with lasers and hot nylon, formlabs just took 3d printing to a whole new level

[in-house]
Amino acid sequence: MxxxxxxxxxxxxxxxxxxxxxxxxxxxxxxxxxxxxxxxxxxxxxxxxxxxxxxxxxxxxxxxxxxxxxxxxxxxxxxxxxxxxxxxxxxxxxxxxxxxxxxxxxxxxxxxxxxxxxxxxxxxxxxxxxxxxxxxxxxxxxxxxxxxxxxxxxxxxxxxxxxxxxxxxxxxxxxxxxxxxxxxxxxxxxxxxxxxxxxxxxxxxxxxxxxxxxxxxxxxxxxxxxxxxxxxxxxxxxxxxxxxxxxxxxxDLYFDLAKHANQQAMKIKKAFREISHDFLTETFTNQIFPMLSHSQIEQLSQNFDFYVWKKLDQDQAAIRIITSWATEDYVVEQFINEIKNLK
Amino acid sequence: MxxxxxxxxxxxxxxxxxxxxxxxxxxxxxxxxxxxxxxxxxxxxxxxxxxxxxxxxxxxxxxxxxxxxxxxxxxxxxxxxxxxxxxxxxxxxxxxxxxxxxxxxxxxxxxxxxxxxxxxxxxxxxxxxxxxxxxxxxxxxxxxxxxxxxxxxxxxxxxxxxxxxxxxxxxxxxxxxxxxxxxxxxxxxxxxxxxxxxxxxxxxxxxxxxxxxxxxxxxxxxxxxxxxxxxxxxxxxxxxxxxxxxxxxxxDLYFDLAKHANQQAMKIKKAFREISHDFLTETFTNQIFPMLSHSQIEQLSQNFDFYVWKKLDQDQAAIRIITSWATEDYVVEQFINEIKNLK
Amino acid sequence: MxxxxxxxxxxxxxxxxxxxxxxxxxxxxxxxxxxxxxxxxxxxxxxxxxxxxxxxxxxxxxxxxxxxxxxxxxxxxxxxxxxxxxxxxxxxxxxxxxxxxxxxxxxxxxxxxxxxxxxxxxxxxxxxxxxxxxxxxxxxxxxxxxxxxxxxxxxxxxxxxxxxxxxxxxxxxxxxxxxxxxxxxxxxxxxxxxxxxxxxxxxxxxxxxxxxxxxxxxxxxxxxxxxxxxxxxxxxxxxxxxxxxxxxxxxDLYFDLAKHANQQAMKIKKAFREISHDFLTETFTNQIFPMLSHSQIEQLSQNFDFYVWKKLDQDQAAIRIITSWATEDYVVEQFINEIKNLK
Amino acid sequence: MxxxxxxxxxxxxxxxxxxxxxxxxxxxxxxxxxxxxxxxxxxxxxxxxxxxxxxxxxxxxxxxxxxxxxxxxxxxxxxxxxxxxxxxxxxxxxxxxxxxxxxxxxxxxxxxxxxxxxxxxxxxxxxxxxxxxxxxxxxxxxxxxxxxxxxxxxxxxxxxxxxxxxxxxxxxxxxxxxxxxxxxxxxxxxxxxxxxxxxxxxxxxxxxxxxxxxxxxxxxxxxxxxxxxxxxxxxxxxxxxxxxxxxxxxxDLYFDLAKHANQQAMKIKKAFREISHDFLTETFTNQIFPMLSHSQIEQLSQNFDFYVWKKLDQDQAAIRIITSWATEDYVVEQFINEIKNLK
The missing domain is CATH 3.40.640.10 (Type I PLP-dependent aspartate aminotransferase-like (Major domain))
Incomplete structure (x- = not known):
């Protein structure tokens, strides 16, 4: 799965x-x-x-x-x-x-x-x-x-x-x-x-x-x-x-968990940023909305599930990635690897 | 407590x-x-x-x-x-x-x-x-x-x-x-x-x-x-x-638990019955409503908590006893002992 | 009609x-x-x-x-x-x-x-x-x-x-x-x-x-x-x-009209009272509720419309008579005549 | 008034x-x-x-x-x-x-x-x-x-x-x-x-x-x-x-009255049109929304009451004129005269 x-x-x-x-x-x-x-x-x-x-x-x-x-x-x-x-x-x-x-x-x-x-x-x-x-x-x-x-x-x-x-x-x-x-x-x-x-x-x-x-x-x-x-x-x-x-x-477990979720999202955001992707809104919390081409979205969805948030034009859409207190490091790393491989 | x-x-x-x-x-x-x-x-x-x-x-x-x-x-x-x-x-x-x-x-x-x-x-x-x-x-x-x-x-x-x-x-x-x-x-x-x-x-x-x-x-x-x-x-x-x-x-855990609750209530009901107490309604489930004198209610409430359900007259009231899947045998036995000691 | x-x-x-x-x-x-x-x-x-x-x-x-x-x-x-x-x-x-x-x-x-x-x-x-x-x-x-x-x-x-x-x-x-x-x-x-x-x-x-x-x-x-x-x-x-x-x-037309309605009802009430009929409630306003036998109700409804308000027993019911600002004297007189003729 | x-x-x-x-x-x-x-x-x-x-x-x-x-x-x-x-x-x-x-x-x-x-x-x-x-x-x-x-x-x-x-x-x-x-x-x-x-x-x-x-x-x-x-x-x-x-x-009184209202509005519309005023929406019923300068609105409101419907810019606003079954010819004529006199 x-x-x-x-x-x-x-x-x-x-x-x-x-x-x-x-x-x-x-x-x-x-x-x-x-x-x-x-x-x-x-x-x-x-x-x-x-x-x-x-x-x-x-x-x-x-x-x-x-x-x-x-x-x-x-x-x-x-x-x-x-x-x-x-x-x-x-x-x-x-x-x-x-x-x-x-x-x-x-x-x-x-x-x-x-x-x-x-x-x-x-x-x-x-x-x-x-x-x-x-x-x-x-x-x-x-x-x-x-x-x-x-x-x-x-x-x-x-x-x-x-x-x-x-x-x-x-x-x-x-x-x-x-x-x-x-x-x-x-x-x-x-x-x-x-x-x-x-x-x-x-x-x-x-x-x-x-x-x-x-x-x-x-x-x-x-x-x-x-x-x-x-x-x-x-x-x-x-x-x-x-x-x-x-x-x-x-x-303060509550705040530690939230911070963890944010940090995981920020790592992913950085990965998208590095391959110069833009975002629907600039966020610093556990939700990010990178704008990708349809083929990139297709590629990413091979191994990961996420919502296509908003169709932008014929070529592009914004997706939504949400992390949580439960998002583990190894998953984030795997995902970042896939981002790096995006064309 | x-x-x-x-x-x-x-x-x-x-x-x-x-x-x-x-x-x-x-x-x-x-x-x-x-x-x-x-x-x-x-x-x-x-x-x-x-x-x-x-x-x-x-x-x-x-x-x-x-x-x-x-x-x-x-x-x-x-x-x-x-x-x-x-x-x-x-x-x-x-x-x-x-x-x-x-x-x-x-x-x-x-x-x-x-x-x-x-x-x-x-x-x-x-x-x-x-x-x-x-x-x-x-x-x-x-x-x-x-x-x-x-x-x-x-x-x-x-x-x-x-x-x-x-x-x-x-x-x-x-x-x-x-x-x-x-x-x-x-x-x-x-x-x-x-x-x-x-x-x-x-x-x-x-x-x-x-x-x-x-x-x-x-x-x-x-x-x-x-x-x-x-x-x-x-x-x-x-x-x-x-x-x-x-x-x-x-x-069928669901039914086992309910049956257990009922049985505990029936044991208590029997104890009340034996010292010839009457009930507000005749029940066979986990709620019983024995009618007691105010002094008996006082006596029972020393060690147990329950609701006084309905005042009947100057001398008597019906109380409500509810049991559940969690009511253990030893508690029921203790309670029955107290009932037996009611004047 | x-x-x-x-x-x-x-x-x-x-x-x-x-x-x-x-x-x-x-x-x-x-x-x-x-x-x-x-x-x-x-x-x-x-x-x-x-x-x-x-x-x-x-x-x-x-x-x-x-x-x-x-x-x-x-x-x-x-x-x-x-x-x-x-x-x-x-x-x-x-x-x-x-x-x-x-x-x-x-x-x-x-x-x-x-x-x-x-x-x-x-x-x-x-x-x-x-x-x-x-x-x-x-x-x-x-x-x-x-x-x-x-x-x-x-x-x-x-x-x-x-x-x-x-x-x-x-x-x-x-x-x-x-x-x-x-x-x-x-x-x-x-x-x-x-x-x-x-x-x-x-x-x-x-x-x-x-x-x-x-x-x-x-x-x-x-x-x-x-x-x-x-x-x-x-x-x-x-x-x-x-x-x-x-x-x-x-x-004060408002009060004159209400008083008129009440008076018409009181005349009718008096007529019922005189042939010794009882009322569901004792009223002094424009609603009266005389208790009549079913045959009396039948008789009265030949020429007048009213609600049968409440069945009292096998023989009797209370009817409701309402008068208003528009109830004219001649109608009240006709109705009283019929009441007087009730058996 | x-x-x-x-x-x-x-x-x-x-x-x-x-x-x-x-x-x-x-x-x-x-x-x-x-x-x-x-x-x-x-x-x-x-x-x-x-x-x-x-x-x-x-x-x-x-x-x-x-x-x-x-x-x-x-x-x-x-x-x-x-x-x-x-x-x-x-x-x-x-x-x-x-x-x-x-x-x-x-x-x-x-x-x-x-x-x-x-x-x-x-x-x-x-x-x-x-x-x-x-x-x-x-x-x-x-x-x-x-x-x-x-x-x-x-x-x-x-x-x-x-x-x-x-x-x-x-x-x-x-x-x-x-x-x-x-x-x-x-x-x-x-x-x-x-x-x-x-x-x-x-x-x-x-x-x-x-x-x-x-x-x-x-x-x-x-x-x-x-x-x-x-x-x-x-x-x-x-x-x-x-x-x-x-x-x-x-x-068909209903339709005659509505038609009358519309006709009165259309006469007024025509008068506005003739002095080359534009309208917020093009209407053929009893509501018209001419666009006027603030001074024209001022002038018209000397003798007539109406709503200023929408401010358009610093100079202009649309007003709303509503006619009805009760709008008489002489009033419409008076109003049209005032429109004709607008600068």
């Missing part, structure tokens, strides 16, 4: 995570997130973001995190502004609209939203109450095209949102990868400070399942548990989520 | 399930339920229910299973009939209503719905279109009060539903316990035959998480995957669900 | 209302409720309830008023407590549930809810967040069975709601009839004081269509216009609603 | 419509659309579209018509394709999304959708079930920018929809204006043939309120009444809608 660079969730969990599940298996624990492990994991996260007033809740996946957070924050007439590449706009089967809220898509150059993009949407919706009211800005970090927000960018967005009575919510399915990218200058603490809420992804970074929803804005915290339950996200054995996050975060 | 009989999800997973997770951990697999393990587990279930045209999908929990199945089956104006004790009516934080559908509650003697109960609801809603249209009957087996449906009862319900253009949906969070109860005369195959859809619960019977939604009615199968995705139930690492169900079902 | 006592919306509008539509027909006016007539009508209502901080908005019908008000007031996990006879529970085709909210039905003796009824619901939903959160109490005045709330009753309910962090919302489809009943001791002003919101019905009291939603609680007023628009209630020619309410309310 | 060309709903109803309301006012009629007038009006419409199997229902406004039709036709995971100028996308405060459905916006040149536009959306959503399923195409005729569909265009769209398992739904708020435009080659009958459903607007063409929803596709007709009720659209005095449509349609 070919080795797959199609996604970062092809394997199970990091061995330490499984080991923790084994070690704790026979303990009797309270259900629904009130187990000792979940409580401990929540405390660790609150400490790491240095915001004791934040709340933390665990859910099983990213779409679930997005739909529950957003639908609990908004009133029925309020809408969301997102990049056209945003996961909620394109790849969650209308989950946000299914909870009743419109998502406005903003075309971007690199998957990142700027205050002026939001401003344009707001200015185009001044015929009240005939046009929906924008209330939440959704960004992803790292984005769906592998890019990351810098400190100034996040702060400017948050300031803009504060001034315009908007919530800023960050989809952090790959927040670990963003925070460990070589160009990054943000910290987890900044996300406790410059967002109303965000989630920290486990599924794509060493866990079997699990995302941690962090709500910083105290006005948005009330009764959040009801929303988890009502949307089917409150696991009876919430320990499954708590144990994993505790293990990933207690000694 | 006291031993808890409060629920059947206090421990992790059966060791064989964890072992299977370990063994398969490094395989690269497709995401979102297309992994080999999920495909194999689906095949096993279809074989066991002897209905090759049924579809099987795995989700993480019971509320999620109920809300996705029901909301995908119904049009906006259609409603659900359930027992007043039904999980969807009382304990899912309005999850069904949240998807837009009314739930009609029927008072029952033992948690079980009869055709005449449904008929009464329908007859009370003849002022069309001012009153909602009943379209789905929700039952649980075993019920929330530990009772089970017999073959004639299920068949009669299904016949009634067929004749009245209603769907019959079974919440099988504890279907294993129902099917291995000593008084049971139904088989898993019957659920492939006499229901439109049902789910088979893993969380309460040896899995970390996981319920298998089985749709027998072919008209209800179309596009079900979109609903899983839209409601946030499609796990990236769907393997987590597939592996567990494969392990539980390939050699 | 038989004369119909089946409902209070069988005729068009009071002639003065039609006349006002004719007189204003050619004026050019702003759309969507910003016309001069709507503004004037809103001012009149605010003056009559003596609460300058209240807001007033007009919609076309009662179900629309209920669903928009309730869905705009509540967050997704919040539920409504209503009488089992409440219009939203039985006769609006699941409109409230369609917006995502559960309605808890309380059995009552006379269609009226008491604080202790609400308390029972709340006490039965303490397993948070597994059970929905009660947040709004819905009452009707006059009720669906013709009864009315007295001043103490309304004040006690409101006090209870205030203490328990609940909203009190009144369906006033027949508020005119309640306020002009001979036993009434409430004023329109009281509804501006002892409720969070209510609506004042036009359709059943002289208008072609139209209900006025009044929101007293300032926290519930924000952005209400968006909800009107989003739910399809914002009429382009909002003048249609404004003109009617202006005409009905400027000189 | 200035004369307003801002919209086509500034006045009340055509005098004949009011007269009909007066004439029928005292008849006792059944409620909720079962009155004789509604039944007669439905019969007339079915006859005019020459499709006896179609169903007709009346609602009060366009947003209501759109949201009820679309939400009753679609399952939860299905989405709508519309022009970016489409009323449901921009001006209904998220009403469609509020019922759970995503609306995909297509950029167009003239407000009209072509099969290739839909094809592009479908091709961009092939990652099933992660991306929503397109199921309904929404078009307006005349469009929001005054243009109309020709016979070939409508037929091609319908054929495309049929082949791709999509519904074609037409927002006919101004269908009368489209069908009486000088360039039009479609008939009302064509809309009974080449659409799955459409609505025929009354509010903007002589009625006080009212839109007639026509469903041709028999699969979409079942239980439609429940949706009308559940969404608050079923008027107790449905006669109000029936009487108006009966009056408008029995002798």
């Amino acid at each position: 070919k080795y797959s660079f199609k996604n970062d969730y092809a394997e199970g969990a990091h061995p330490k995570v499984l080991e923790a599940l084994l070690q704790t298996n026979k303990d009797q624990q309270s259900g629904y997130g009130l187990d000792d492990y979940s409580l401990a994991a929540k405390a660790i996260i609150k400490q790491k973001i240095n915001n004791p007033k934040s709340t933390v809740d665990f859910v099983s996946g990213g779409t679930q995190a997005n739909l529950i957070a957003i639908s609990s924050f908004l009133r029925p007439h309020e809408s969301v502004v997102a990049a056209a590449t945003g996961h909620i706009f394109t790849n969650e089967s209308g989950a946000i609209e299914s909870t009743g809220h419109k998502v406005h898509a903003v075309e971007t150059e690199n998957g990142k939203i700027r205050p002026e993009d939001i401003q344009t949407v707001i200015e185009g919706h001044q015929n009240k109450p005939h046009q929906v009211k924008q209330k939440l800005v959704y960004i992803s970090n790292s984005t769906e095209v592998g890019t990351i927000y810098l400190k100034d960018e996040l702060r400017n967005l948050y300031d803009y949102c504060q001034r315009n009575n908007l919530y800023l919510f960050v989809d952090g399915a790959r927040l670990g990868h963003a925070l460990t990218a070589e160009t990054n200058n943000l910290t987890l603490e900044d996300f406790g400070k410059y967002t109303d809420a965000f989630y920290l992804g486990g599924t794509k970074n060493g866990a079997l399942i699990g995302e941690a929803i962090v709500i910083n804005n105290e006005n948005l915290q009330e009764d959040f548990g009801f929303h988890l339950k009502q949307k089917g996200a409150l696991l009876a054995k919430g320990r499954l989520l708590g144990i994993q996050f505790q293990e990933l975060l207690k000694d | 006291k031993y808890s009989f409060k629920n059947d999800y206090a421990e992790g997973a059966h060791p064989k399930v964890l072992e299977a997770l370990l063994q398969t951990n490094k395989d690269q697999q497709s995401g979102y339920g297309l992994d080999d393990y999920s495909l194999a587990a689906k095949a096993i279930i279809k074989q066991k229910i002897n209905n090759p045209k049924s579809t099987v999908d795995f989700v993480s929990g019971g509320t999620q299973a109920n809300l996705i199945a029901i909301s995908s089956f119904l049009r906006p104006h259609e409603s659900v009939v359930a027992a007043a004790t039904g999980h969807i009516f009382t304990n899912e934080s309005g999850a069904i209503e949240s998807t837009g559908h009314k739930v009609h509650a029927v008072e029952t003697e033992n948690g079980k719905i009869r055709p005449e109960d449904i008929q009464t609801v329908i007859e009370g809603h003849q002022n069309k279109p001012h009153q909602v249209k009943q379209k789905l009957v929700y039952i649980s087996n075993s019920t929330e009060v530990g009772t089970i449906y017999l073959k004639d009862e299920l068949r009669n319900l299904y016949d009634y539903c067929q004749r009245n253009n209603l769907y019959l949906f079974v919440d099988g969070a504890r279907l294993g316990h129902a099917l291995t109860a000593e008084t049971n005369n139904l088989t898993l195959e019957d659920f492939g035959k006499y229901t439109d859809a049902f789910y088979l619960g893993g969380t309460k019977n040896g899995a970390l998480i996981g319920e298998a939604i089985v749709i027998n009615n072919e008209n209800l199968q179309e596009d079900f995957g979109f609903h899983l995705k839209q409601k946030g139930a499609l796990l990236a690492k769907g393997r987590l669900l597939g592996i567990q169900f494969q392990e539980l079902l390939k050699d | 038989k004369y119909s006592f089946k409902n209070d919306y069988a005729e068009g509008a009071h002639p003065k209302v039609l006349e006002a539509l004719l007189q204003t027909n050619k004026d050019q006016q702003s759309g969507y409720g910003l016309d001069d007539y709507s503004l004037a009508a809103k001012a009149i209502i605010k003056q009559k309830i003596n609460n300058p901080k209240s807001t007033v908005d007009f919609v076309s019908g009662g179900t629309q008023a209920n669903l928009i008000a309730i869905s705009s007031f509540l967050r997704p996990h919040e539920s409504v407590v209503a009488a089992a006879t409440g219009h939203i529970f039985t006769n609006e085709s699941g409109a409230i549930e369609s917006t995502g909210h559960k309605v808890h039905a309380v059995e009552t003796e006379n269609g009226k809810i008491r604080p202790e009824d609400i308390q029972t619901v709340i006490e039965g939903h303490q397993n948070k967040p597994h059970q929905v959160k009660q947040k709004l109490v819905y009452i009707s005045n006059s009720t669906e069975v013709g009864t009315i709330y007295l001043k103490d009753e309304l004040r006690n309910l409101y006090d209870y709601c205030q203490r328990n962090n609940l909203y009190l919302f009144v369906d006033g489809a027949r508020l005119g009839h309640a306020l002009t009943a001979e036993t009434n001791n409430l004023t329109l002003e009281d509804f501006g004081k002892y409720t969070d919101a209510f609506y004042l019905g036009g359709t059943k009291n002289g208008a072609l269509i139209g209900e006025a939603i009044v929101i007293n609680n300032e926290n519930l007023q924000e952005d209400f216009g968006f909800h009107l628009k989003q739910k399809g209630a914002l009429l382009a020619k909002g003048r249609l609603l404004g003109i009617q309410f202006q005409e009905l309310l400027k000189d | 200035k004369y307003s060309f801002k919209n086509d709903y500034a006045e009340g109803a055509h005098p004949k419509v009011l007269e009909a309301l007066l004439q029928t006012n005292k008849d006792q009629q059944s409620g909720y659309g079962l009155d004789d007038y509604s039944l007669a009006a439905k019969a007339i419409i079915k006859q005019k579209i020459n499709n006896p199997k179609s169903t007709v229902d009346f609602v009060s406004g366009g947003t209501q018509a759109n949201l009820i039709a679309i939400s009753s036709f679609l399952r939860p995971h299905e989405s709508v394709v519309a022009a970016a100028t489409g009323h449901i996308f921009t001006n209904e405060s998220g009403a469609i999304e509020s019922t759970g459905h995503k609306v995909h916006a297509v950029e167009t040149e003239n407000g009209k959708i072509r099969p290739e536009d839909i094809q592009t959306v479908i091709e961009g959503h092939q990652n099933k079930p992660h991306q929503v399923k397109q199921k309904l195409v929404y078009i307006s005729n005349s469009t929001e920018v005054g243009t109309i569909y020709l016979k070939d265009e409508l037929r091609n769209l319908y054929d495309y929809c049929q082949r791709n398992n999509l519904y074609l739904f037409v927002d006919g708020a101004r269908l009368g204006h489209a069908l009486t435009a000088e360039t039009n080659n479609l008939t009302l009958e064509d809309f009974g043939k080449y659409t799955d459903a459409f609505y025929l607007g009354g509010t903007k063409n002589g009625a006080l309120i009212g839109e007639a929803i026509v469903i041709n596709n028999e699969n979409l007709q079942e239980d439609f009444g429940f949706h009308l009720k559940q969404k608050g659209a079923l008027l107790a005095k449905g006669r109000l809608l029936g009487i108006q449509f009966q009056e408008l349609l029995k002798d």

Since yesterday, when the world is watching Apple launch at WWDC in Boston, Formlabs, a 3D printing-based startup, quietly launched a revolutionary new type of laser sintering printer called Fuse 1- This is a big deal. To be honest, you may never use it. About the size of a Mini. The refrigerator is designed for professionals for $10,000. But even if you \'ve never seen it before, Fuse 1 has some huge impact on the future of 3D printing. That\'s why you should be excited about it. When 3D printing is just beginning to enter the mainstream, the only printers that consumers can use are more or less dependent on the same technology to make parts -- A process called Silk deposition simulation or finite difference. This is the type of 3D printing you may have seen before: Aprinter feeds a strand of plastic filament through a hot nozzle, and then carefully deposits the molten viscous substance layer by layer on the build board to create a 3D object. This comes to mind when most people hear the phrase \"3D Printing. \"The problem is that in the wider field of 3D printing technology, Limited is just a small part. There are many other additive manufacturing technologies such as stereo forming, bunching and laser sintering. In terms of print quality, all of these are significantly better than FDM printers. But unfortunately, although 3D printing has become more and more mainstream in the past few years, most of these awesome additive manufacturing technologies are still not available at the consumer level. These machines are too expensive and you can only find them in industrial manufacturing facilities. But this is starting to change. As 3D printing enters the consumer space and becomes more competitive, companies like Formlabs have begun to figure out ways to redesign these high The final industrial technology makes them more economical and easier to get. It all started with stereo printing (SLA). This technology Where UV laser is used to \"grow\" high resolution objects from a light puddleActive resin It\'s been decades, but until a few years ago, SLA machines were too expensive for individual consumers to use. But in 2012, Formlabs released the world\'s first consumer -- The level SLA printer in the Kickstarter campaign. In an instant, this triggered a revolution. Soon after Formlabs finished its very successful crowdfunding campaign, other startups followed suit and started releasing their own SLA printers. Five years of rapid development, they are now more common and affordable than ever before. Although SLA machines used to cost up to $100,000, you can get one for just $1, $200 online. Of course, they are still not as cheap or ubiquitous as FDM printers, but SLA machines are gradually becoming more popular, more economical and more accessible in a relatively short period of time. Just a big fight from a company is needed to prove that better 3D printing technology is attractive to the public. Now, with Fuse 1, Formlabs might do the same thing with selective laser sintering technology -- This is a very exciting prospect. The way SLS print works is very different from FDM and SLA. In order to make the object, the machine flashes the laser on the ultra-fine powder bed, merging the particles together to form a thin layer of curing. The machine then scans more powder at the top of the layer and repeats the process until the print is complete. There are many obvious advantages to printing items in this way. It works with a variety of materials and can print large highlights and spans without using support materials, and the parts it produces are of very high quality. Nylon parts printed with Fuse 1 are actually durable enough and detailed enough to be sold as a final productuse parts. That\'s why this technology is so special. While FDM and SLA printers favor prototyping, SLS printers can make almost as good objects as parts created through injection molding, milling, and other traditional manufacturing processes. In other words, they can make high High quality things that can be used directly from the printer. Need a new bike pedal, hair- Dryer or smartphone case? Just print one copy and save the trip to the store. This is the way we are going, but we have not arrived yet. This printing technology is not cheap yet. Although fuse 1 is 20 times cheaper than most industrial SLS printers, it still costs $10,000 This makes it impossible for most of us to reach it. But it\'s important to remember that this is just the beginning. If the SLS printer can drop from $200 to $10, then the technology may slowly drop to an achievable level in the next 5 or 10 years Business users. To become ubiquitous, this democracy is exactly what 3D printing needs. If we are going to achieve the future of 3D printers becoming home Staples similar to dishwashers and microwave ovens, we can print high there Product quality- The first step is the demand, not the purchase in the store, and then the cost of the new printing technology is reduced.